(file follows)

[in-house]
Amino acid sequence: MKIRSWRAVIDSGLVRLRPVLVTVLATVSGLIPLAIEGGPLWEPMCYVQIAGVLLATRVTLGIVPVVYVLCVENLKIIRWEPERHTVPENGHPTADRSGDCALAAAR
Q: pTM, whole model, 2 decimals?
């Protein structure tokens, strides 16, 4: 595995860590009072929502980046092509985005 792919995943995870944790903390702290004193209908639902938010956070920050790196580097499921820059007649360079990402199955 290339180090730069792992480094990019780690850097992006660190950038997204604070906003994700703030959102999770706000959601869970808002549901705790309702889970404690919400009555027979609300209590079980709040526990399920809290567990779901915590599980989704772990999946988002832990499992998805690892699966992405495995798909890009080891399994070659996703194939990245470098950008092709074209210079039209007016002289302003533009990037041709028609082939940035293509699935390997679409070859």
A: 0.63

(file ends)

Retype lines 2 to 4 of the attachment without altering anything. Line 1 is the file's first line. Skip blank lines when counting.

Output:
Amino acid sequence: MKIRSWRAVIDSGLVRLRPVLVTVLATVSGLIPLAIEGGPLWEPMCYVQIAGVLLATRVTLGIVPVVYVLCVENLKIIRWEPERHTVPENGHPTADRSGDCALAAAR
Q: pTM, whole model, 2 decimals?
């Protein structure tokens, strides 16, 4: 595995860590009072929502980046092509985005 792919995943995870944790903390702290004193209908639902938010956070920050790196580097499921820059007649360079990402199955 290339180090730069792992480094990019780690850097992006660190950038997204604070906003994700703030959102999770706000959601869970808002549901705790309702889970404690919400009555027979609300209590079980709040526990399920809290567990779901915590599980989704772990999946988002832990499992998805690892699966992405495995798909890009080891399994070659996703194939990245470098950008092709074209210079039209007016002289302003533009990037041709028609082939940035293509699935390997679409070859």